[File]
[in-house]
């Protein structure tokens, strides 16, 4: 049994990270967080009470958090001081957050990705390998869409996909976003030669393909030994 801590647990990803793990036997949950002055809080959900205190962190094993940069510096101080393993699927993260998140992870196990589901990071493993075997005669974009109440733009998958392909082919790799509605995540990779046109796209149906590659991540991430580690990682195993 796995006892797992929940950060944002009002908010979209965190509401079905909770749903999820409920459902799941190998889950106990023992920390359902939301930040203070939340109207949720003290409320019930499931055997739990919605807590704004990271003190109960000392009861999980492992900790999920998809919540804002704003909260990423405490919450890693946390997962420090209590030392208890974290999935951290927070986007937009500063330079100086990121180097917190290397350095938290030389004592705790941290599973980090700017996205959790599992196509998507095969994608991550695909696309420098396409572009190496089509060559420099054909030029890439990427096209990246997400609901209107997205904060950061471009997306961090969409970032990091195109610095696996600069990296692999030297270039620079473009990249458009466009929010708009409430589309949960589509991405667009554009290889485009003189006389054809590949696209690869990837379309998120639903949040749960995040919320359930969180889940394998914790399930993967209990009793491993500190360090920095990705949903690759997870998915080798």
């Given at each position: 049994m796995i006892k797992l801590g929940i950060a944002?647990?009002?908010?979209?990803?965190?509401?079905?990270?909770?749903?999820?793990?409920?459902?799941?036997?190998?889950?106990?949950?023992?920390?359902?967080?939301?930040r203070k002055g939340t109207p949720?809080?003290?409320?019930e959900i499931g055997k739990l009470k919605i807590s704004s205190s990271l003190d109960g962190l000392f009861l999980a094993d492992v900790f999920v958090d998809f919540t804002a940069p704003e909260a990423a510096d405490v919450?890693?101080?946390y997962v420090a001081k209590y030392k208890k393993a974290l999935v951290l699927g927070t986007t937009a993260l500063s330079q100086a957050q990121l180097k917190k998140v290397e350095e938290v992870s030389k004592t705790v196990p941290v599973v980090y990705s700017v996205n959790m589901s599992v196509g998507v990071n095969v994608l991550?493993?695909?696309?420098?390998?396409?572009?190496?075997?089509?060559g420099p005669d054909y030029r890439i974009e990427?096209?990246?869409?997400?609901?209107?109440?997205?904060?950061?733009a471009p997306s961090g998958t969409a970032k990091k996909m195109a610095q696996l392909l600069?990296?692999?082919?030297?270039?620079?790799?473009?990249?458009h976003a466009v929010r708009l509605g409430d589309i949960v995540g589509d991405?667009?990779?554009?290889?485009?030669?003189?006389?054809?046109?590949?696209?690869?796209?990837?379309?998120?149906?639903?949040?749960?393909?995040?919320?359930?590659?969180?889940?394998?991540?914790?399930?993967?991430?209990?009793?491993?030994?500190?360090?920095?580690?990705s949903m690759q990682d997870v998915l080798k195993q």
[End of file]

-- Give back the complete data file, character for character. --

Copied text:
[in-house]
């Protein structure tokens, strides 16, 4: 049994990270967080009470958090001081957050990705390998869409996909976003030669393909030994 801590647990990803793990036997949950002055809080959900205190962190094993940069510096101080393993699927993260998140992870196990589901990071493993075997005669974009109440733009998958392909082919790799509605995540990779046109796209149906590659991540991430580690990682195993 796995006892797992929940950060944002009002908010979209965190509401079905909770749903999820409920459902799941190998889950106990023992920390359902939301930040203070939340109207949720003290409320019930499931055997739990919605807590704004990271003190109960000392009861999980492992900790999920998809919540804002704003909260990423405490919450890693946390997962420090209590030392208890974290999935951290927070986007937009500063330079100086990121180097917190290397350095938290030389004592705790941290599973980090700017996205959790599992196509998507095969994608991550695909696309420098396409572009190496089509060559420099054909030029890439990427096209990246997400609901209107997205904060950061471009997306961090969409970032990091195109610095696996600069990296692999030297270039620079473009990249458009466009929010708009409430589309949960589509991405667009554009290889485009003189006389054809590949696209690869990837379309998120639903949040749960995040919320359930969180889940394998914790399930993967209990009793491993500190360090920095990705949903690759997870998915080798």
């Given at each position: 049994m796995i006892k797992l801590g929940i950060a944002?647990?009002?908010?979209?990803?965190?509401?079905?990270?909770?749903?999820?793990?409920?459902?799941?036997?190998?889950?106990?949950?023992?920390?359902?967080?939301?930040r203070k002055g939340t109207p949720?809080?003290?409320?019930e959900i499931g055997k739990l009470k919605i807590s704004s205190s990271l003190d109960g962190l000392f009861l999980a094993d492992v900790f999920v958090d998809f919540t804002a940069p704003e909260a990423a510096d405490v919450?890693?101080?946390y997962v420090a001081k209590y030392k208890k393993a974290l999935v951290l699927g927070t986007t937009a993260l500063s330079q100086a957050q990121l180097k917190k998140v290397e350095e938290v992870s030389k004592t705790v196990p941290v599973v980090y990705s700017v996205n959790m589901s599992v196509g998507v990071n095969v994608l991550?493993?695909?696309?420098?390998?396409?572009?190496?075997?089509?060559g420099p005669d054909y030029r890439i974009e990427?096209?990246?869409?997400?609901?209107?109440?997205?904060?950061?733009a471009p997306s961090g998958t969409a970032k990091k996909m195109a610095q696996l392909l600069?990296?692999?082919?030297?270039?620079?790799?473009?990249?458009h976003a466009v929010r708009l509605g409430d589309i949960v995540g589509d991405?667009?990779?554009?290889?485009?030669?003189?006389?054809?046109?590949?696209?690869?796209?990837?379309?998120?149906?639903?949040?749960?393909?995040?919320?359930?590659?969180?889940?394998?991540?914790?399930?993967?991430?209990?009793?491993?030994?500190?360090?920095?580690?990705s949903m690759q990682d997870v998915l080798k195993q």